Nutritional Programme for Fasting
Nutritional Programme for Fasting

Fasting is a time-proven remedy. Animals instinctively fast when ill, and for thousands of years humans have used fasting as a healing and spiritual-religious process. In my opinion, fasting is the single greatest natural healing therapy.

When I first discovered fasting, I felt as if it had saved my life and transformed my illnesses into health. My stagnant energies began flowing, and I became more creative and vitally alive.

Many of the problems for which I recommend fasting result from overnutrition. Dietary abuse generates chronic degenerative diseases such as atherosclerosis, hypertension and heart disease, allergies, diabetes and cancer. I believe that fasting is therapeutic and, more importantly, preventive for many of these.

Fasting is very versatile and generally fairly safe, provided that there are no contraindications; however, when it is used in the treatment of medical conditions, proper supervision should be employed, including monitoring of physical changes and biochemistry values.


The use of fasting to treat fever is controversial. Eastern medicine thinks of fasting as increasing body fire; in actuality, when we consume liquids we generate less heat, so fasting helps to cool the body.

Some cases of fatigue will respond well to fasting, particularly those resulting from congested organs and energy. With fatigue that results from chronic infection, nutritional deficiency or serious disease, more nourishment rather than fasting is probably needed.

Back pains caused by muscular tightness and stress can be helped with a lighter diet or juice fasting.

Many patients with mental illness, from anxiety to schizophrenia, may be helped by fasting. Its purpose is not to cure these problems, but to help understand the relationship of foods,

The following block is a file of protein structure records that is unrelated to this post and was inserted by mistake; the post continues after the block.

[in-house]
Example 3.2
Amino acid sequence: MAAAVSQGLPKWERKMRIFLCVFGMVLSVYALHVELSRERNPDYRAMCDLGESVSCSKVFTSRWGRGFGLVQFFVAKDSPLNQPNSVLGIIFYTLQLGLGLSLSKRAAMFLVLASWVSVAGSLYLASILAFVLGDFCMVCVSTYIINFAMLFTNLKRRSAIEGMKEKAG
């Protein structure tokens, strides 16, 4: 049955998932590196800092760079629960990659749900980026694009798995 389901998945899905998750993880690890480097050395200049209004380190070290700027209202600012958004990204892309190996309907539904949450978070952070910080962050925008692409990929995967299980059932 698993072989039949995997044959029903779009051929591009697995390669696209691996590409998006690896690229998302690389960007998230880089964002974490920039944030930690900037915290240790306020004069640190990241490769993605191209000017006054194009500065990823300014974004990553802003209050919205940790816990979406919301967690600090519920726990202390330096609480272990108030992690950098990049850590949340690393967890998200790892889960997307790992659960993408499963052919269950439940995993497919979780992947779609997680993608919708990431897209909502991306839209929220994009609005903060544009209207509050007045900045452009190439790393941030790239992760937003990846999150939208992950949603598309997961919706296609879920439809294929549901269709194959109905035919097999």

chemicals or drugs to the mental difficulties. Care must be taken, as toxicity or lack of nour- ishment may worsen these problems.


Fasting is a catalyst for change. It relaxes and energises the body, mind and emotions, and supports greater spiritual awareness. It is a multidimensional experience.

Refraining from eating minimises the work that needs to be done by the digestive or- gans, including the stomach, intestines, pan- creas and gallbladder. Most important is the liver, which can spend time cleaning up. Each cell in the body has the opportunity to catch up on its work. During a fast most people feel cleaner, better and more alive. Mentally, fast- ing improves clarity and attentiveness; emo- tionally, it may make us more sensitive and aware of feelings.


Hunger is usually present for two or three days and then departs, leaving many people with a surprising feeling of deep abdominal peace; others may feel really hungry. It is good to ask ourselves, ‘What are we hungry for?’ Fasting is an excellent time to work on our psychological connections to consumption.